African startups like their foreign counterparts haven’t been immune to the global economic meltdown that has in one way impacted the growth of these companies.
In 2023, major African startups have either laid off staff, changed business models or shut down due to economic realities and internal factors they couldn’t easily navigate.
Bundle, Payday, Kippa, Dash, 54gene, Vibra, Paxful, Mara, Patricia, Lazerpay, Pillow, Pivo to mention a few are African startups that have fallen under this category.
In a chat with Segun Cole, who holds multiple portfolios in the African tech ecosystem as an investor, founder, entrepreneur and partner.
He founded the Fund the Gap Alliance a Pan African network to address the issues of local founders’ under-representation in the allocation of venture capital funding and a recent addition to his hat is serving as a Managing Partner at Maasai.
Maasai helps companies in distress sell if not full but parts of their business, such as their assets, customers, data, or intellectual property. This way, they can recover some of their losses, pay off their debts, or pivot to a new direction.
Segun shared his thoughts on factors contributing to the challenges sending these startups off their tracks, how they can adapt to remain relevant and many more.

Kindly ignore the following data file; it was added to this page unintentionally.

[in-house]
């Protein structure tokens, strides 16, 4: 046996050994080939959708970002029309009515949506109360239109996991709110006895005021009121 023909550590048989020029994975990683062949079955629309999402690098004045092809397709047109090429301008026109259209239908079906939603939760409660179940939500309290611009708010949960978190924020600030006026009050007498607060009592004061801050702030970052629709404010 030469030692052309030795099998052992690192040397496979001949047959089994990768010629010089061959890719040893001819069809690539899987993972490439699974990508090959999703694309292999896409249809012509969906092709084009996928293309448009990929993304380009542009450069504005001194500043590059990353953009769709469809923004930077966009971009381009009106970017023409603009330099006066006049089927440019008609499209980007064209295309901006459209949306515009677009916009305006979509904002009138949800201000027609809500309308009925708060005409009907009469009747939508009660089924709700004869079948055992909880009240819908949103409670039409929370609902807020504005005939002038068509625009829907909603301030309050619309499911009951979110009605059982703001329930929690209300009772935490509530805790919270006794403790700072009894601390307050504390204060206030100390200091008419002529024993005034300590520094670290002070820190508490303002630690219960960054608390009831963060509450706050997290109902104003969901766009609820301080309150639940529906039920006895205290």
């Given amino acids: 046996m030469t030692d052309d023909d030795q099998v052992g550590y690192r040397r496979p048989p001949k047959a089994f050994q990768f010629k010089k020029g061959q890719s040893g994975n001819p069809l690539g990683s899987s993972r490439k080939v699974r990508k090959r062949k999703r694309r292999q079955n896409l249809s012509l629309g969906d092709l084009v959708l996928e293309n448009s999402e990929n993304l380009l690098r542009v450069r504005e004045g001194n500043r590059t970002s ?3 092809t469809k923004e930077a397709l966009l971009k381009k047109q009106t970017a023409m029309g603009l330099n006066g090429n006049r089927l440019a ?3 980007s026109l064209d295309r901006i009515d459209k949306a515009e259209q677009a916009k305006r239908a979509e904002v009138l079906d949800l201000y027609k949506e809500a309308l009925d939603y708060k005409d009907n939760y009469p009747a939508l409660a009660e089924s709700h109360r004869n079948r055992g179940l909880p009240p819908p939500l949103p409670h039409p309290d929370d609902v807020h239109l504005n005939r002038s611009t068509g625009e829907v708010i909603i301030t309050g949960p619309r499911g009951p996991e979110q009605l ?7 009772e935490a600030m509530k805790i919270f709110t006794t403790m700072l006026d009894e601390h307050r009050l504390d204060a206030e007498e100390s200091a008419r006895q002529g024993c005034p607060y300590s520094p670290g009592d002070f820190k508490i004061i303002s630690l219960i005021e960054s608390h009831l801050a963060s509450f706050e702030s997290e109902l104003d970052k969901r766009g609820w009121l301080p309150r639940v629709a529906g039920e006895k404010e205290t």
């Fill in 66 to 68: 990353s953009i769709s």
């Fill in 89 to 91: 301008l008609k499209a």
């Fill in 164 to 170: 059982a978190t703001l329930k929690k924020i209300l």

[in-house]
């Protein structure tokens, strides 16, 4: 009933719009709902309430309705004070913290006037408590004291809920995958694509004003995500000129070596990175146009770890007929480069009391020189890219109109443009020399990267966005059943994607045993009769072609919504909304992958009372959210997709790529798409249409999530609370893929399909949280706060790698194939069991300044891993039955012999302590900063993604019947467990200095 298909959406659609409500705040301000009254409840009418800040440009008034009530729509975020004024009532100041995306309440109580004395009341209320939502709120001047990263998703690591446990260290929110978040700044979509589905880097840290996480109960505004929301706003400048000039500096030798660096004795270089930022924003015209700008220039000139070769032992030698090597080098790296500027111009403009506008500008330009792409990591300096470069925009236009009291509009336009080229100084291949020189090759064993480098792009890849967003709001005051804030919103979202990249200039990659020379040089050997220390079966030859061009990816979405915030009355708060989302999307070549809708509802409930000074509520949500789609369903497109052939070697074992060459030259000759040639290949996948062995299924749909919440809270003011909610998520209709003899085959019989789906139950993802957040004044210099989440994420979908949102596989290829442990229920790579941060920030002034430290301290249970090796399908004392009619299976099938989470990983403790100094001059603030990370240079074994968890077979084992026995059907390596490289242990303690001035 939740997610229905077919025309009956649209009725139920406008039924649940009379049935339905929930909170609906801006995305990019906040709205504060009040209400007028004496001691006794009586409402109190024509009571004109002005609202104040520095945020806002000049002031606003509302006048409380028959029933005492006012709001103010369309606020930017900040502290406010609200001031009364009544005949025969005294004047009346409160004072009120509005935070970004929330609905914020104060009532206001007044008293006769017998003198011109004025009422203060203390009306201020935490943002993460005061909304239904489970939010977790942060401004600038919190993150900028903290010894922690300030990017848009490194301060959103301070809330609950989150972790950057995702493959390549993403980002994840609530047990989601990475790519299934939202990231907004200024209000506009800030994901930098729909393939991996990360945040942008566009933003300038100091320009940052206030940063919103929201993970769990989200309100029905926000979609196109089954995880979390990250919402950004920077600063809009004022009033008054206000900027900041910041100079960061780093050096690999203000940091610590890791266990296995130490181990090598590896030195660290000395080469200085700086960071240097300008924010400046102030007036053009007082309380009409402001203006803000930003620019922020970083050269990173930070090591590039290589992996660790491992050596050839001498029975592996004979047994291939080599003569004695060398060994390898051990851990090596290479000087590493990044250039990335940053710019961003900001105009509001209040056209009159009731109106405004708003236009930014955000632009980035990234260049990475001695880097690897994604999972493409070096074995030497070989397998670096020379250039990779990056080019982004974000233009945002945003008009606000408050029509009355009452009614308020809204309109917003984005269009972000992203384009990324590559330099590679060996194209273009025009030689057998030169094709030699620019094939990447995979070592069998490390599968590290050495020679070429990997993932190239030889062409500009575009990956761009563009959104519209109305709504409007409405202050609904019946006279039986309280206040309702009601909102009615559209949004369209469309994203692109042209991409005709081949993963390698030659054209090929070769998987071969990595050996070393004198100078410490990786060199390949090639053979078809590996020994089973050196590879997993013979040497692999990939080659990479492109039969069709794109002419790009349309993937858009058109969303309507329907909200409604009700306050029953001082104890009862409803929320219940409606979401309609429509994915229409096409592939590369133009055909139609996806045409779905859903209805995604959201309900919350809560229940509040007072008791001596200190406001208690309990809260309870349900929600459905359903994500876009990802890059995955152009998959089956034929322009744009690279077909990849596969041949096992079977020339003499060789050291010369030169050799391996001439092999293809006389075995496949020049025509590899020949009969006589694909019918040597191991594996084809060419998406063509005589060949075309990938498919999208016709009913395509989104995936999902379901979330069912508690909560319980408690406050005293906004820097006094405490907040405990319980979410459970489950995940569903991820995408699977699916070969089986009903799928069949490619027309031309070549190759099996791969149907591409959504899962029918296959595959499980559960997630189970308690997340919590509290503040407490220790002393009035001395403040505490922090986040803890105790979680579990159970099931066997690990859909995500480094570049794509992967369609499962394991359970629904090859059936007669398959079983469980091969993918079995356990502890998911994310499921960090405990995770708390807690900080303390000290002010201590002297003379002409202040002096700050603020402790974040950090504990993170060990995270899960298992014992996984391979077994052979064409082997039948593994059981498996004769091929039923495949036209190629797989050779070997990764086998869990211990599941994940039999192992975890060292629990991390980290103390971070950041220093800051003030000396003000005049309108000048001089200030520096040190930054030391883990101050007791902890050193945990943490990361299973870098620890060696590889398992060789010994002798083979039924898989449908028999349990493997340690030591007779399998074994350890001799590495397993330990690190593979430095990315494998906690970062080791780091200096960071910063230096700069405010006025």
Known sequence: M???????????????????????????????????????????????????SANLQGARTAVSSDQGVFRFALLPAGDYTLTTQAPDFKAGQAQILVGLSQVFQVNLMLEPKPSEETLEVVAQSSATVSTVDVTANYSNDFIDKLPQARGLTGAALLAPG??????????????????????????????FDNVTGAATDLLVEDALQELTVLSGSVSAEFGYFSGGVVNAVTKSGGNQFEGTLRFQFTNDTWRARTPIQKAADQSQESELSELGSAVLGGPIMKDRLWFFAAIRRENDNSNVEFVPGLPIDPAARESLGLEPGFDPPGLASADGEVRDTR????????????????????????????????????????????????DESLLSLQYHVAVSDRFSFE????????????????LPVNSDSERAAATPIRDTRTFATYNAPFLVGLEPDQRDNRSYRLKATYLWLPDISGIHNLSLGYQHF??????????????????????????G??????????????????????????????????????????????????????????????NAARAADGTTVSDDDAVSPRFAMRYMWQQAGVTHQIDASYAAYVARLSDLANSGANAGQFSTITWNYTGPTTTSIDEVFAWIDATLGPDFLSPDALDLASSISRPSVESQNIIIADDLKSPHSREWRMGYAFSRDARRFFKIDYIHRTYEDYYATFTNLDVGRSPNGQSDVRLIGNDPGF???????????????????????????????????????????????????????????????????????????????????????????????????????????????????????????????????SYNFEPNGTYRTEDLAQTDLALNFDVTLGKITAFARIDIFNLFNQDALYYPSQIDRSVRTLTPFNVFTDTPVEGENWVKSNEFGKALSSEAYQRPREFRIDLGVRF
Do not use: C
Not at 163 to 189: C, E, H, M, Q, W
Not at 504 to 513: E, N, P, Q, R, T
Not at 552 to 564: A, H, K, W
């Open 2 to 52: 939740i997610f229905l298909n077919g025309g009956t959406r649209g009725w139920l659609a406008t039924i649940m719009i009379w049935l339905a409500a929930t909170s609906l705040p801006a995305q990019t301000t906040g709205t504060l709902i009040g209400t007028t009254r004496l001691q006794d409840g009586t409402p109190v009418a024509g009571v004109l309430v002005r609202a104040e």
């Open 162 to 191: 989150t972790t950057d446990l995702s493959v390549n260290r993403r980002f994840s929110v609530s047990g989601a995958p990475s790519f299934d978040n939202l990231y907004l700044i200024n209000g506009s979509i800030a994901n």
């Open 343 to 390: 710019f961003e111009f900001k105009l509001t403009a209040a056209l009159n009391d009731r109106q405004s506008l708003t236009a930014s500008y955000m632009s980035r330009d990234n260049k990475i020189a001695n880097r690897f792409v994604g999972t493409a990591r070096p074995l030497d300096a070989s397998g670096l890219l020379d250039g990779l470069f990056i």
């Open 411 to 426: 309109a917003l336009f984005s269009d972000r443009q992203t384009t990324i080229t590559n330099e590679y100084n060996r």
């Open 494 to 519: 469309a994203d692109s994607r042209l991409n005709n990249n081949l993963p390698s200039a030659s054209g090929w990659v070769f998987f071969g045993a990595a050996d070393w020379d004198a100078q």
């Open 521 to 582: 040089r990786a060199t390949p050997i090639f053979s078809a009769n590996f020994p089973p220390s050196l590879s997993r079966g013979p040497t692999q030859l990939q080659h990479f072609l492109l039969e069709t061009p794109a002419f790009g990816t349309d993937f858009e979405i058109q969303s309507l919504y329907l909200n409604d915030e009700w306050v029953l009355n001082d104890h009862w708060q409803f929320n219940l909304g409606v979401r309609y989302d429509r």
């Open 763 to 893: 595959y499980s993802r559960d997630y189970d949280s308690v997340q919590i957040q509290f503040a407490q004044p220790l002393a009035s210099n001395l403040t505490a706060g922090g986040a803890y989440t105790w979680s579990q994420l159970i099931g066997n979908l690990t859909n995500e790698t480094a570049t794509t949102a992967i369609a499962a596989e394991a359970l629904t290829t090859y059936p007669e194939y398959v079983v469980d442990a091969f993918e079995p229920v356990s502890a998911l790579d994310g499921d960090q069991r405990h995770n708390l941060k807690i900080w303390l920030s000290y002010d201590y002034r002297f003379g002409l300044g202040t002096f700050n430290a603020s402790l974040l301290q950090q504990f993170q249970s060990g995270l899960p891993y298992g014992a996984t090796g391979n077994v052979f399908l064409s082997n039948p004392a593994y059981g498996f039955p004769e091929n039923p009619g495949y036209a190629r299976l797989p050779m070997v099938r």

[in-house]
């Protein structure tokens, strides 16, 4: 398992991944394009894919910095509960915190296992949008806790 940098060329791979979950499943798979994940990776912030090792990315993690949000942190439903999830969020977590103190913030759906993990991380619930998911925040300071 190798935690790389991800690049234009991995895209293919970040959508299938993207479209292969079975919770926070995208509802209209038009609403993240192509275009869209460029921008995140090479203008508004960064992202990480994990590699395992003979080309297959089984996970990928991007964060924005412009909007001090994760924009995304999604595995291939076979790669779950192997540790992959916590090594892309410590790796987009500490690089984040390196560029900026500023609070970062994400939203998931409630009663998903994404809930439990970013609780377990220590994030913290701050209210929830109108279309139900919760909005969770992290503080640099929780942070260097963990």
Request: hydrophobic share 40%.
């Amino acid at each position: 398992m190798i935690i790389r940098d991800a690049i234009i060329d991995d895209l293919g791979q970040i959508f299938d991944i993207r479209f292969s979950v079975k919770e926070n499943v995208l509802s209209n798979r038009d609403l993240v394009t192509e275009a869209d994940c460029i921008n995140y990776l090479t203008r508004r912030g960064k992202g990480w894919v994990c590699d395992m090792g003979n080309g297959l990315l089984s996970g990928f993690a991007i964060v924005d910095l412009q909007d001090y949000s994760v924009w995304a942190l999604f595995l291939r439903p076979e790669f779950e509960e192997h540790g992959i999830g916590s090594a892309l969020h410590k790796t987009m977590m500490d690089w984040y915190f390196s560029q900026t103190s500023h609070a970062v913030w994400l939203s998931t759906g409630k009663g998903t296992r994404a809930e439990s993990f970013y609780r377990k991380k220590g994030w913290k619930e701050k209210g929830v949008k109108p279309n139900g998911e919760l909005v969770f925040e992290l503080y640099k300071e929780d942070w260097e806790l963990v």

According to Segun, the global economic downturn has certainly affected the African tech ecosystem, as it has reduced the demand for tech products and services, and made it harder for startups to raise funds and access markets.
However, Segun asserts that the downturn is not the only or the primary factor. There are internal factors specific to African startups that pose significant challenges and obstacles. These factors are more structural and systemic, and require more long-term and holistic solutions.
Segun highlights some of these internal key factors that make Africa challenging for tech entrepreneurs and investors: